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A second look at forensic evidence

DNA, bite marks, hair samples. You've seen them all used in the courtroom TV shows as undeniable proof of guilt. It's physical evidence, something a jury can look at and connect to the accused. The problem is that it's not always gathered, identified or explained right.

Earlier this year Texas made the decision to bar bite mark evidence from court because here was no scientific proof that it reveals identity. Studies of hair sample convictions have proven errant in many cases, and there are situations where even DNA gathering has been called into question. Just because there's an expert testimony from a doctor, doesn't mean that it's right.

The issue

With help from the Texas Forensic Science Commission, the state is taking careful measures that any forensic evidence that is used is truly scientific. That means evidence needs to be examined by certified experts, practice the scientific method and be accurately explained to the judge and jury.

In the past, that hasn't always been so.

The argument itself isn't that forensic evidence is inaccurate, but that's it is misrepresented or not properly gathered. For example, in a 1980s decision where a bite mark was a key factor, the dentist claimed "one in a million" odds, hardly a scientific figure. Often, it was a scientific concept, but it did not apply the scientific practice to prove the concept.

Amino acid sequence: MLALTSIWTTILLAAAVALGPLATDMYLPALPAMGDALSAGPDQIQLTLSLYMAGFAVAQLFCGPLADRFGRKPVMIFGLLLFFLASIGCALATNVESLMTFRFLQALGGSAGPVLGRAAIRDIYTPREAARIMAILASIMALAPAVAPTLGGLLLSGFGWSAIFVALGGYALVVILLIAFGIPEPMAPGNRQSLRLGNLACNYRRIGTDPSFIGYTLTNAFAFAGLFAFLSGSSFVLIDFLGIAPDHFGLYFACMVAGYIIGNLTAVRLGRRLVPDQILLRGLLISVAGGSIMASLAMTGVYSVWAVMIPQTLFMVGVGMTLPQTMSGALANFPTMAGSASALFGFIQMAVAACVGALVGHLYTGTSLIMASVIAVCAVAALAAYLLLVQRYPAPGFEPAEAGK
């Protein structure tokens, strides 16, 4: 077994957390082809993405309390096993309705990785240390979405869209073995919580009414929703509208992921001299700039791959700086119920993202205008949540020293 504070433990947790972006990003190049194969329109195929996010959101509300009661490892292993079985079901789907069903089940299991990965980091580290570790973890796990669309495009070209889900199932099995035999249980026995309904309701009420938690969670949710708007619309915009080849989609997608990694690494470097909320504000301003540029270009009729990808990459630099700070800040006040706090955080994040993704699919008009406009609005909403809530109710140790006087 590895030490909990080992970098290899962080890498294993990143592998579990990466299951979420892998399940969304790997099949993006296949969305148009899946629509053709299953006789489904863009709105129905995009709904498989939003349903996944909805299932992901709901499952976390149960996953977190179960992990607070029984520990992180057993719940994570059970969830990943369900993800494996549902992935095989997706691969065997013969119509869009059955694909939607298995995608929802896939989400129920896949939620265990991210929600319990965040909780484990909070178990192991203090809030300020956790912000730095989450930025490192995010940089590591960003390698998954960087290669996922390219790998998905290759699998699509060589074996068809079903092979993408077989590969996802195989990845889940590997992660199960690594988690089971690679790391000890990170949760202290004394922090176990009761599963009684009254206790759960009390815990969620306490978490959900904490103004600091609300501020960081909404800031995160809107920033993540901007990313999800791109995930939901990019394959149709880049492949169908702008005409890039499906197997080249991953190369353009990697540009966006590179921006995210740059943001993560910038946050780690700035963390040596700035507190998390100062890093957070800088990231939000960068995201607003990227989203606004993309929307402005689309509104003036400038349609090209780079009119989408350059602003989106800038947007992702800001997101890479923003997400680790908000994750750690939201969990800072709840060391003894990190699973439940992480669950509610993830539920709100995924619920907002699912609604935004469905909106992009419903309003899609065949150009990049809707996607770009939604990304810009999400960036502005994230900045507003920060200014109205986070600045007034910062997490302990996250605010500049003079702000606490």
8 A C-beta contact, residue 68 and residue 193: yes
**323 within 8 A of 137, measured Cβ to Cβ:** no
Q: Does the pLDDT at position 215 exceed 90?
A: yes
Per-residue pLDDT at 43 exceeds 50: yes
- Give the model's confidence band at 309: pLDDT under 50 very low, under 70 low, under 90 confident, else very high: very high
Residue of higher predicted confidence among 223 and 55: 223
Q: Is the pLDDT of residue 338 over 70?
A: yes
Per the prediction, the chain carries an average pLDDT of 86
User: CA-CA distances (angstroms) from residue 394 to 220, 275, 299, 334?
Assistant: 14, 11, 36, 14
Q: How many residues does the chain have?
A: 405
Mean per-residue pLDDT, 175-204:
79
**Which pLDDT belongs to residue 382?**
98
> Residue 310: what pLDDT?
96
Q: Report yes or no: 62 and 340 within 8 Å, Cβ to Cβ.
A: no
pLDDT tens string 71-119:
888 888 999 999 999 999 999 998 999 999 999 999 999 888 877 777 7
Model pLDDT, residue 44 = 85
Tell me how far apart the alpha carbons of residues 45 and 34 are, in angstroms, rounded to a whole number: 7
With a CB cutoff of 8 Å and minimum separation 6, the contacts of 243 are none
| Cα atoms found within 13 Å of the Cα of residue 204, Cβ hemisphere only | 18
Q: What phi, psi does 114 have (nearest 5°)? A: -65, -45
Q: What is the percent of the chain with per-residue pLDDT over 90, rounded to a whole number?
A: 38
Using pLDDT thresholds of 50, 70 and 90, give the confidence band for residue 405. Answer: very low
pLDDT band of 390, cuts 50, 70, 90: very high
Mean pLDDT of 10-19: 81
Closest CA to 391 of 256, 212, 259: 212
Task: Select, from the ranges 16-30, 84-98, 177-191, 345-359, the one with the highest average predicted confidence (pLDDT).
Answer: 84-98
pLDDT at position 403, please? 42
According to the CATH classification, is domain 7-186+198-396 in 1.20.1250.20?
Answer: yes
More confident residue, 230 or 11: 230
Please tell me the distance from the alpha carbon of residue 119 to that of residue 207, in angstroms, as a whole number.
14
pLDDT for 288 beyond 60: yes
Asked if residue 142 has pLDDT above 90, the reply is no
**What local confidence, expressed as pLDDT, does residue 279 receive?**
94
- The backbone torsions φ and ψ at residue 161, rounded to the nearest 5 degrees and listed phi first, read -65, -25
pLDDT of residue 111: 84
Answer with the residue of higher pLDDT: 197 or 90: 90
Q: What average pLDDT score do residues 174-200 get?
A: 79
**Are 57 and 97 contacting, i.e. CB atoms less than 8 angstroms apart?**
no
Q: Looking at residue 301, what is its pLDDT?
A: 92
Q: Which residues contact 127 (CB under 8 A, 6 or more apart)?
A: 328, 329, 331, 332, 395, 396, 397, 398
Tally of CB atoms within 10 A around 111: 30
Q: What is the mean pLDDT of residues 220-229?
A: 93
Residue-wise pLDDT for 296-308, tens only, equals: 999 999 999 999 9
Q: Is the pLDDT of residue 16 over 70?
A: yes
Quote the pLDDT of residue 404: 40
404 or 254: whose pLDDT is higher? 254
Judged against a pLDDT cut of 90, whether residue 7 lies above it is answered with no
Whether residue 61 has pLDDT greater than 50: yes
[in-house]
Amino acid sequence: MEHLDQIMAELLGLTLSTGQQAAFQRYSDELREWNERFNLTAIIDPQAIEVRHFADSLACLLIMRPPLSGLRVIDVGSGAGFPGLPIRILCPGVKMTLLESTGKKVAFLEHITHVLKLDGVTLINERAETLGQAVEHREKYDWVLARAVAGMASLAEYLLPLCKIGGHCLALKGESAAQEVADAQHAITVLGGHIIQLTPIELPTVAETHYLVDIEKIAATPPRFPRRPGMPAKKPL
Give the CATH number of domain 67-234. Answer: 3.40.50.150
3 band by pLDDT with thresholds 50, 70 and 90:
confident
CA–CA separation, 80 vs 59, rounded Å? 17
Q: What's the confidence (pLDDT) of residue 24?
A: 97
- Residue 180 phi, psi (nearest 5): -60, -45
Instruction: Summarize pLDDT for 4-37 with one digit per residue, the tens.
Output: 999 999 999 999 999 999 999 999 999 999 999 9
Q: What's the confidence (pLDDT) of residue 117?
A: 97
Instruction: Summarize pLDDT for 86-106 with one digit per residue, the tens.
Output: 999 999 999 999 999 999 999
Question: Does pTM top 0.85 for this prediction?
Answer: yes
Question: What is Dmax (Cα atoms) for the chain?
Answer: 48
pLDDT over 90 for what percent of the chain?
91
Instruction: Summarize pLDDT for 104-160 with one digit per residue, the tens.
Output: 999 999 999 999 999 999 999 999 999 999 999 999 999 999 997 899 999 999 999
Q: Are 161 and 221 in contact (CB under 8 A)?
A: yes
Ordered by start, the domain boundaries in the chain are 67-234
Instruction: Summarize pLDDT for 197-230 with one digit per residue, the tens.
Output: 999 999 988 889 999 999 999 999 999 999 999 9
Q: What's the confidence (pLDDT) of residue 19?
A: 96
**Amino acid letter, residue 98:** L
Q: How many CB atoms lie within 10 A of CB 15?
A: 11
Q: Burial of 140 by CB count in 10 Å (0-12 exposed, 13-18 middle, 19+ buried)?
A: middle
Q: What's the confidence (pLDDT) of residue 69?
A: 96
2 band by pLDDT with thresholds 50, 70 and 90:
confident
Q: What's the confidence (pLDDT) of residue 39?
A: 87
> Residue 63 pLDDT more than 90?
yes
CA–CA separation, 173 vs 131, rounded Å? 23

With judges determining admissible evidence, it was assumed that the white coat meant it was right. Otherwise, a judge or jury would hear a doctor's testimony of a possibility as meaning it was a fact.

The action

Not only has Texas changed how new cases are argued, but existing cases based on forensic evidence are being called into question. If there is "foolproof" forensic evidence, it needs to prove its methodology. Otherwise, it's junk science and junk results.

An experienced criminal defense attorney knows the inner workings of evidence and procedural tasks and can look beyond the charts or 3-D models to inquire how evidence was really gathered and if it has credibility.

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